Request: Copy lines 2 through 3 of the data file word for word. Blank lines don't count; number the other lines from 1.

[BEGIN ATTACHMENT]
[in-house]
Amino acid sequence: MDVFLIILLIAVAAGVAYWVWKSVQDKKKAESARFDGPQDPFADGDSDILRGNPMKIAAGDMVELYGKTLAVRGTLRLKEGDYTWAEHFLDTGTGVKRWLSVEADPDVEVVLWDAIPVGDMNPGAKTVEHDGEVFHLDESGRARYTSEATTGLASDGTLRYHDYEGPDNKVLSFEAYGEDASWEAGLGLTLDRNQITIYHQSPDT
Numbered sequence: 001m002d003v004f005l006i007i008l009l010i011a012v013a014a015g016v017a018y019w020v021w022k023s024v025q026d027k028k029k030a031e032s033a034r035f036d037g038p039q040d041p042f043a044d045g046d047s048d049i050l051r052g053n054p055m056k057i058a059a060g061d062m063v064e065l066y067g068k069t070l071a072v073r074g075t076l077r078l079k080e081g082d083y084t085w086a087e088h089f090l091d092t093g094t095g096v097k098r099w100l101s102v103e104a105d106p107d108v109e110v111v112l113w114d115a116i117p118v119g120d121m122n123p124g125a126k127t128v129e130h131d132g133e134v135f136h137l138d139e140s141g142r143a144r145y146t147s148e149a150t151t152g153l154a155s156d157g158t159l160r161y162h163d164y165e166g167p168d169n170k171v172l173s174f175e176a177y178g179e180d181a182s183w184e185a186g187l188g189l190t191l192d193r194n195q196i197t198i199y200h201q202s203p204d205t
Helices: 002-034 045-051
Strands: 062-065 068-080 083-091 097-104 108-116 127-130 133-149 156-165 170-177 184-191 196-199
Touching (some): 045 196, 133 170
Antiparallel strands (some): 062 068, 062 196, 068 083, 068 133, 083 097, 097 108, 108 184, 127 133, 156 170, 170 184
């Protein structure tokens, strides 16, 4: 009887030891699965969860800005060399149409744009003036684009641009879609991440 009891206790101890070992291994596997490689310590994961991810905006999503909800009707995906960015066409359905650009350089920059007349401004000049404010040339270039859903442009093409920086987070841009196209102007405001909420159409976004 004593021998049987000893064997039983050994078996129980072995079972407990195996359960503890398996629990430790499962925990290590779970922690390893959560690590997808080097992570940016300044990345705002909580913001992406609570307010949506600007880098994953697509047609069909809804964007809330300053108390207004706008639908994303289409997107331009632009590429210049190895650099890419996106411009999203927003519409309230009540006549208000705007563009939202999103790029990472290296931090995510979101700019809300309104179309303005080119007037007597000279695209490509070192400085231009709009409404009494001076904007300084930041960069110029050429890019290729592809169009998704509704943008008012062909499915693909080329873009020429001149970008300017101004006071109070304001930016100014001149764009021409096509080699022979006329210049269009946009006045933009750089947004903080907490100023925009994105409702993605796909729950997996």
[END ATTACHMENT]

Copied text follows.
Amino acid sequence: MDVFLIILLIAVAAGVAYWVWKSVQDKKKAESARFDGPQDPFADGDSDILRGNPMKIAAGDMVELYGKTLAVRGTLRLKEGDYTWAEHFLDTGTGVKRWLSVEADPDVEVVLWDAIPVGDMNPGAKTVEHDGEVFHLDESGRARYTSEATTGLASDGTLRYHDYEGPDNKVLSFEAYGEDASWEAGLGLTLDRNQITIYHQSPDT
Numbered sequence: 001m002d003v004f005l006i007i008l009l010i011a012v013a014a015g016v017a018y019w020v021w022k023s024v025q026d027k028k029k030a031e032s033a034r035f036d037g038p039q040d041p042f043a044d045g046d047s048d049i050l051r052g053n054p055m056k057i058a059a060g061d062m063v064e065l066y067g068k069t070l071a072v073r074g075t076l077r078l079k080e081g082d083y084t085w086a087e088h089f090l091d092t093g094t095g096v097k098r099w100l101s102v103e104a105d106p107d108v109e110v111v112l113w114d115a116i117p118v119g120d121m122n123p124g125a126k127t128v129e130h131d132g133e134v135f136h137l138d139e140s141g142r143a144r145y146t147s148e149a150t151t152g153l154a155s156d157g158t159l160r161y162h163d164y165e166g167p168d169n170k171v172l173s174f175e176a177y178g179e180d181a182s183w184e185a186g187l188g189l190t191l192d193r194n195q196i197t198i199y200h201q202s203p204d205t